There isn’t any demographic among Americans that is unaffected by the current opioid epidemic. An increasing number of Americans are losing their lives due to opioid addiction and overdoses each year. In fact, the Centers for Disease Control (CDC) reported that the current state of the epidemic follows the same path that it has been for the last two decades (when opioid painkillers started becoming more and more widely prescribed in the U.S.). Since that time, approximately 200,000 deaths due to overdoses of opioids prescribed by doctors have occurred, and that number continues to grow.
What Are Opioids?
Opioids are a class of drugs that include prescription medication as well as illicit drugs. Pain medications that that are available legally by prescription, such as morphine, hydrocodone, oxycodone, codeine, and many others, synthetic opioids such as fentanyl, and the illegal drug heroin are all opioids.
Prescription opioids are frequently administered during and after surgical procedures to relieve pain, or as painkillers prescribed for chronic pain. Most opioids have a fairly short half-life (which means they enter and leave the body fairly quickly) and work by obstructing the paths related to pain from the area where the pain originates to a user’s brain. Opioids are not like non-prescription pain relievers or anti-inflammatory medications, which instead affect the actual site of the pain.
Many users who eventually become dependent on or addicted to opioids start out using the drugs innocently when a doctor prescribes them for a completely legitimate reason. However, because opioids are highly addictive in nature, many users begin taking higher doses, more frequently, and they quickly become physically and psychologically dependent upon them. Then, when they are no longer able to obtain prescriptions from their doctors, they turn to illicit street opioids like heroin.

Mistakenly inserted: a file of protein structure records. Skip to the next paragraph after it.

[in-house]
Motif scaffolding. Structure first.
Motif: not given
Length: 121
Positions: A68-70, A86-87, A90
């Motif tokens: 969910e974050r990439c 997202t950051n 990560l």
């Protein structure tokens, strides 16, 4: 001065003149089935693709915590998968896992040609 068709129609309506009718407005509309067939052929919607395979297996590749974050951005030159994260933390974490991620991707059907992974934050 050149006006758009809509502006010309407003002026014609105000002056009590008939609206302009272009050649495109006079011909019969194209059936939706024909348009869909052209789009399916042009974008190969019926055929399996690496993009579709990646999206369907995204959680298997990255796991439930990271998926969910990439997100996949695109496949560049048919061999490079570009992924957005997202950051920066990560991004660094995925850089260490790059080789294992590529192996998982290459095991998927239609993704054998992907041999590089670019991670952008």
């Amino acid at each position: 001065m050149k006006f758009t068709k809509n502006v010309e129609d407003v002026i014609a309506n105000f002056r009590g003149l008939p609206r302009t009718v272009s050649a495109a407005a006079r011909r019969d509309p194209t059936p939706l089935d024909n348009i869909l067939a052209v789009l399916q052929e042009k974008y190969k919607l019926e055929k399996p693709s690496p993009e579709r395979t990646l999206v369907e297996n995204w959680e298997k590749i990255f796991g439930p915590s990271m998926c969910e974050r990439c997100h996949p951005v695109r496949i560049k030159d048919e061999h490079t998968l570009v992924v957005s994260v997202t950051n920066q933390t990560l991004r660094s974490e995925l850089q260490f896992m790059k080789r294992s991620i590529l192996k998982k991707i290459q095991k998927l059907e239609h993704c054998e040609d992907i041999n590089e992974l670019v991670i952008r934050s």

How Do I Know if a Friend or Family Member is Addicted to Opioids?
Increased tolerance to opioid drugs is a primary indicator of dependence or addiction. That means that more of the drug must be taken to achieve the same effects. Also, suffering from symptoms of withdrawal when drug use is discontinued or decreased, indicates there may be a problem. Other signs of opioid addiction are:
- Intense feelings of euphoria
- Lightheadedness, confusion, and dizziness
- Relaxation, drowsiness, or apparent sedation, including nodding off
- Stomach problems including nausea, vomiting, or constipation
- Going to various doctors for the same problem
- Agitation and anger
- Decreased activity
- Increasing relationship conflicts
- Frequent requests for early refills
- Complaints of ongoing pain despite having medication
- Refusal to try nonopioid medication options for pain
It may be difficult to identify opioid abuse in a loved one, but when you find a number of the signs listed above, it may point to the fact that abuse or addiction is an issue.
What Are the Withdrawal Symptoms from Opioids Like?
Withdrawal from opioids is typically uncomfortable or at least unpleasant. Withdrawal symptoms usually start within a day or two from when opioids were last used and peak within a week for most users. Withdrawal symptoms from opioids may include:
- Severe nausea, vomiting, and stomach cramping
- Fever and body chills
- Excessive sweating
- Muscular aches and pains
- Increased anxiety
- Anger and Irritability
While there are cases in which the withdrawal from opioids is mild, with flu-like symptoms, it’s often recommended that users should detox from opioids in a rehab facility with around-the-clock supervision. It’s not only safer for patients in the event that symptoms become serious, but they can also be helped with medications that make withdrawal symptoms more manageable.
Recovery for Opioid Addiction is Possible
Opioid addiction is treatable, and it is possible to recover from it. Inpatient rehabilitationis typically recommended over outpatient treatment for opioid addiction, and ongoing and consistent treatment of some kind is often necessary for opioid addictions.
If you or a loved one is using opioids – either prescription or illicit drugs – and you are concerned that you may be addicted, seek help now to begin recovering. The first step to recovery is asking for help. At My Time Recovery, we can help. You’ll find caring and supportive staff who will work with you to make it as comfortable as possible as your journey towards recovery begins.